High Foundation recognized for gift to support patient assistance at Lancaster Pediatric Center

Six people wearing professional attire pose for a photo. In the middle is a sign on a wall reading: “Waiting/Check-In Area Made Possible By High Foundation.”S. Dale High, left, chairman, High Foundation poses with colleagues at the dedication of the Behavioral Health Clinic Waiting Area at Penn State Health Children’s Lancaster Pediatric Center on July 26, 2023. With him, left to right, are Dean Glick, director, High Family Office; Robin Stauffer, executive director, High Foundation; Steve Nieli, associate director, High Family Office; Chris Snyder, communications manager, High Family Office and Suzanne High, vice chair, High Foundation.

Penn State Health dedicated the Behavioral Health Clinic waiting area at Penn State Health Children’s Lancaster Pediatric Center in honor of the High Foundation, which gave $100,000 to support the families of children receiving a range of care services at the center.

August 29, 2023Penn State Health News

The gift provides funds to assist with care costs not covered by insurance, such as medication or medical device costs, and vouchers to support meals, gas and other travel expenses.

“Philanthropy and health care both begin with caring, and together, they foster trust,” said Deborah Addo, president and chief operating officer of Penn State Health at a ribbon-cutting ceremony on July 26 in recognition of the foundation’s generosity. “We are grateful for the High Foundation’s gift, which affirms their commitment to children and families in Lancaster County and the surrounding area and strengthens our ability to deliver high-quality care to all those we serve. Together, we are enhancing access to care and improving lives.”

The High Foundation’s gift for pediatric patient assistance exemplifies their commitment to enacting positive, systemic and long-lasting change in communities in which High companies provide economic investment and employment, said Robin Stauffer, executive director of the High Foundation. “We are pleased to champion and support projects which enable the dignity and inclusion of all people and generate beneficial social and environmental impact,” Stauffer said. “We are grateful for Penn State’s leadership in pediatric mental and behavioral health and proud to provide financial assistance that connects families with the specialty care, resources, support and follow-up they need for any health concern their child may face.”

Lancaster Pediatric Center offers area residents comprehensive, high-level pediatric care in an environment designed for and dedicated to children, teens and their families. The center opened in June 2022 and offers general pediatric primary care, a walk-in clinic open six days a week and access to more than 20 pediatric specialty and subspecialty services, including cardiology, dermatology, neurology, ophthalmology, rheumatology, gastroenterology, urology and behavioral health.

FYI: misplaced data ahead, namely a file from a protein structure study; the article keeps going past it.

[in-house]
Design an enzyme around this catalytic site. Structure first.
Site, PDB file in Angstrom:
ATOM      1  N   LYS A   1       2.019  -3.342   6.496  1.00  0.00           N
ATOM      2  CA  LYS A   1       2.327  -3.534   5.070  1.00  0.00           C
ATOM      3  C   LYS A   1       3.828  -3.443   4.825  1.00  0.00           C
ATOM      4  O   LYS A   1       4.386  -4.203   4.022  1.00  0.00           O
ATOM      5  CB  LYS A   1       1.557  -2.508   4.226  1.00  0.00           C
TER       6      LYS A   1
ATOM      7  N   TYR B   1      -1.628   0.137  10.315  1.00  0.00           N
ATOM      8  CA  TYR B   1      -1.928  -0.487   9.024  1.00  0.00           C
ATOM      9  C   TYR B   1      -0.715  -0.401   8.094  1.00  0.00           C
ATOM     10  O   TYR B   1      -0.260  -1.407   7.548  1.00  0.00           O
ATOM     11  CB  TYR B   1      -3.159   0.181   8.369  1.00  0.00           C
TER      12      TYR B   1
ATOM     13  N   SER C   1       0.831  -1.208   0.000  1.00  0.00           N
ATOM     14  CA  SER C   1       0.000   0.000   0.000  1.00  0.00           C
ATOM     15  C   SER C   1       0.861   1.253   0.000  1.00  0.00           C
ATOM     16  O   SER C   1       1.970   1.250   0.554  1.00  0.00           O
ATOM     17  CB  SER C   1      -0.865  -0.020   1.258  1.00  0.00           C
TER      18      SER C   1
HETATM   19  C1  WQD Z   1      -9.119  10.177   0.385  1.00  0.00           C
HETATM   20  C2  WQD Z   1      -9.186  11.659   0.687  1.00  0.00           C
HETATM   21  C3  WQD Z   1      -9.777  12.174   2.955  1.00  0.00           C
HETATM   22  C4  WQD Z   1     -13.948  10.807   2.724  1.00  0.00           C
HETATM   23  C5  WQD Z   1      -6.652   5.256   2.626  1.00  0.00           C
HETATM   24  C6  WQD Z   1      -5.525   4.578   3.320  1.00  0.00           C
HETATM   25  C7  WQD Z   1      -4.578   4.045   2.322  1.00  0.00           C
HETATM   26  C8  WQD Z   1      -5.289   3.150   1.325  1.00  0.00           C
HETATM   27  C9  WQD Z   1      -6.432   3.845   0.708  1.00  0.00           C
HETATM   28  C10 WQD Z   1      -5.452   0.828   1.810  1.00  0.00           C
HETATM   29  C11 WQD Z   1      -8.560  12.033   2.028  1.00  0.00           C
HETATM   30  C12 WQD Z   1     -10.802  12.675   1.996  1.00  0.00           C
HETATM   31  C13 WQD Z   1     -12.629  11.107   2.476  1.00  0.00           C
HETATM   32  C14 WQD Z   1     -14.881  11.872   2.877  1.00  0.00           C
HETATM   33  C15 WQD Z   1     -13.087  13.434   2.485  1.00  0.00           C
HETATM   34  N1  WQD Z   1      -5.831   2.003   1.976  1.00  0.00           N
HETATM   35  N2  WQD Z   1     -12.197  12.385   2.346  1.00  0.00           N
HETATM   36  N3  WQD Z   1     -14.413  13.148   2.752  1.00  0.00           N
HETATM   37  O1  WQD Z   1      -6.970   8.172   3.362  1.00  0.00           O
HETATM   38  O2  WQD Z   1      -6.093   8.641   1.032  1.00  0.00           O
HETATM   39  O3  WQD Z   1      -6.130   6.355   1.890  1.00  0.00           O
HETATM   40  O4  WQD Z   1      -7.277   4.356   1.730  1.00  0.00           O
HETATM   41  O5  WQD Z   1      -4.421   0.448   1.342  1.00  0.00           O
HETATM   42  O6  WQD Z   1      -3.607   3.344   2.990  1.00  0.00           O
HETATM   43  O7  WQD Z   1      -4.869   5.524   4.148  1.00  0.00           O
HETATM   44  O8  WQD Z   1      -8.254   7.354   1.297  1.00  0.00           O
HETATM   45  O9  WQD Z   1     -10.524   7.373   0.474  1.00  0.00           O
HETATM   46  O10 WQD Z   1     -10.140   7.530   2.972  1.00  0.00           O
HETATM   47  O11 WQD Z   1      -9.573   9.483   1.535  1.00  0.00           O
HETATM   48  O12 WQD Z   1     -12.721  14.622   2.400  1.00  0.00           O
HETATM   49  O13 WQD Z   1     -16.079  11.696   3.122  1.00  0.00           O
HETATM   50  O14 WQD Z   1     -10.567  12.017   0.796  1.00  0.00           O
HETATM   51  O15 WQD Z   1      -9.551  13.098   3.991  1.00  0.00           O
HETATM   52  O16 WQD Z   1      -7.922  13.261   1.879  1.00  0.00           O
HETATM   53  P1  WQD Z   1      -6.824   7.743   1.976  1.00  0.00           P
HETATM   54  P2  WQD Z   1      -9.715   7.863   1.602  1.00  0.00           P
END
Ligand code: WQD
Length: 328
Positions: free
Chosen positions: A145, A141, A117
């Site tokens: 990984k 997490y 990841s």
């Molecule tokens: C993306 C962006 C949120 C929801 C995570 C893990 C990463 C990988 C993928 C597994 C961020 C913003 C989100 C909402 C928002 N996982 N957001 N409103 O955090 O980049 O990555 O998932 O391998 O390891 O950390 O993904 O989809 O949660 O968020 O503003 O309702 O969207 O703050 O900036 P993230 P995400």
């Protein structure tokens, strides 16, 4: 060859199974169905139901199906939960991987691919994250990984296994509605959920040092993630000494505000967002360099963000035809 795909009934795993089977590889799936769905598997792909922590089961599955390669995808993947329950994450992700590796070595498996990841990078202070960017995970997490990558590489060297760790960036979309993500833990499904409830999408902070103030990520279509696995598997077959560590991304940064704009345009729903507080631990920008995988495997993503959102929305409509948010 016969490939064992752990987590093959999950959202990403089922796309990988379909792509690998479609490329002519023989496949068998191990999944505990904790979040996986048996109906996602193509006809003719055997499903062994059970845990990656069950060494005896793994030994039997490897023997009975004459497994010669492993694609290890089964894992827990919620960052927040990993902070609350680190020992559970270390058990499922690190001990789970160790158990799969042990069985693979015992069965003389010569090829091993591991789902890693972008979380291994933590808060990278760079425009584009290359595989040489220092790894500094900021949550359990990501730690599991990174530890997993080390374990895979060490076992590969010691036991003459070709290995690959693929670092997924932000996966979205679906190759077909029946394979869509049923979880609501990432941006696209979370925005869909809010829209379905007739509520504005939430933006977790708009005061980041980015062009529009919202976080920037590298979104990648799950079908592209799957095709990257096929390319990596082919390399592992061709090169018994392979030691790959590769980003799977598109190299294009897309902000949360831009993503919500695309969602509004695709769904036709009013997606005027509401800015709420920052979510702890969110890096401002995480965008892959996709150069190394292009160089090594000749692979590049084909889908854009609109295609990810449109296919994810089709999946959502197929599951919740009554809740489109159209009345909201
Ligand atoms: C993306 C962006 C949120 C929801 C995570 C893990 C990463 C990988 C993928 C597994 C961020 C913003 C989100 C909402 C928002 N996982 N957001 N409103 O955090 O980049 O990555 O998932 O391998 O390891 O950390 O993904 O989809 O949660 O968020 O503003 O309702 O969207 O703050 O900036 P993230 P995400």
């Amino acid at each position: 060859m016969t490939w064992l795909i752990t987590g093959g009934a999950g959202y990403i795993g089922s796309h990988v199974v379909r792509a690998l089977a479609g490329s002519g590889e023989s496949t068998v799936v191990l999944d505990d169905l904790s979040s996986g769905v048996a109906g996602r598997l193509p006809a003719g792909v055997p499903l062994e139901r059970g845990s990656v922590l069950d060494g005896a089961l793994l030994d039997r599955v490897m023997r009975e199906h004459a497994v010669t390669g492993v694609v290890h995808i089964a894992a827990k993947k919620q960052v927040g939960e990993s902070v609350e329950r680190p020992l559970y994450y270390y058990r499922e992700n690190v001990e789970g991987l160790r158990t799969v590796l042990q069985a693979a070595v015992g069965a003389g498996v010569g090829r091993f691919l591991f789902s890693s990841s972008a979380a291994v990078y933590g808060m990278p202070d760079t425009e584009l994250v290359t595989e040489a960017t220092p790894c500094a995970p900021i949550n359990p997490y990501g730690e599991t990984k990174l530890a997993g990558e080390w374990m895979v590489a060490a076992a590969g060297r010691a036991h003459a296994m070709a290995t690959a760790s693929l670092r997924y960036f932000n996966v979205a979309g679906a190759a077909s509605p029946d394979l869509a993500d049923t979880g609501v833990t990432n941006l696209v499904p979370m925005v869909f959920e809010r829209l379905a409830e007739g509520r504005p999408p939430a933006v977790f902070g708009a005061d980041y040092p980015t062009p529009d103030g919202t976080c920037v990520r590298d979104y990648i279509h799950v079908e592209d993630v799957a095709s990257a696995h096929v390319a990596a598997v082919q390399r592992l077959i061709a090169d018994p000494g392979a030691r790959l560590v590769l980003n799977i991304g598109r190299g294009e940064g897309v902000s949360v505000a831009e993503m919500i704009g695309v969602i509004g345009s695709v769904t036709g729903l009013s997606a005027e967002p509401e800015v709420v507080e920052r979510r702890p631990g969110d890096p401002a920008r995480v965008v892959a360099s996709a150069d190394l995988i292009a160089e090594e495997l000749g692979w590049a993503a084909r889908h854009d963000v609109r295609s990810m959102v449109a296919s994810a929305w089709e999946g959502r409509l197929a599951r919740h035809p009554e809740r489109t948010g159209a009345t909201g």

During the dedication ceremony, Dr. Yatin M. Vyas, vice president and physician leader for Penn State Health Children’s, pediatrician-in-chief for Penn State Health Children’s Hospital and Children’s Miracle Network and Four Diamonds Endowed Chair at Penn State College of Medicine, shared Penn State Health’s approach to children’s health.

“In the last few years, pediatricians nationwide have seen a rise in behavioral and mental health concerns among children and youth that were accelerated by the COVID-19 pandemic,” said Vyas. “The inclusion of behavioral health specialty services at Lancaster Pediatric Center exemplifies our holistic commitment to improving children’s health, and philanthropy is one of the most important underpinnings in our ability to transition our perspective from a focus on illness to wellness.”

Dr. James Waxmonsky, physician and chief of child adolescent psychiatry at Penn State Health Children’s Hospital and University Chair in Child Psychiatry, reiterated the need for pediatric mental health care and the importance of the High Foundation’s gift to enhance access to all kinds of care for families experiencing financial challenges. “Despite recent sobering statistics from the Centers for Disease Control and Prevention about the number of adolescents experiencing clinical depression and even experiencing thoughts of self-harm, and the concerns we hear about challenges in access to services, the biggest barrier to pediatric mental health care is stigma,” said Waxmonsky. “We know that embedding pediatric mental health care into the rest of health care makes a difference by reducing stigma. It improves access substantially, enhances the quality of the care and, literally, saves lives.”

The Horton family also joined the celebration to share their gratitude for patient assistance funds they received during Miracle Child Daisy’s early care journey and for the eye care she now receives at Lancaster Pediatric Center. “I can’t express how grateful our family is to have specialty pediatric care available right in the community where I work,” said Leidra Horton, mother to daughter Daisy and son Lex. “Daisy loves the center and its special little touches, and she really looks forward to her eye appointments. We are so grateful to the High Foundation for their support that helps families like ours.”

Donors like the High Foundation advance the University’s historic land-grant mission to serve and lead. Through philanthropy, alumni and friends are helping students to join the Penn State family and prepare for lifelong success; driving research, outreach and economic development that grow our shared strength and readiness for the future; and increasing the University’s impact for families, patients, and communities across the Commonwealth and around the world. Learn more by visiting raise.psu.edu.

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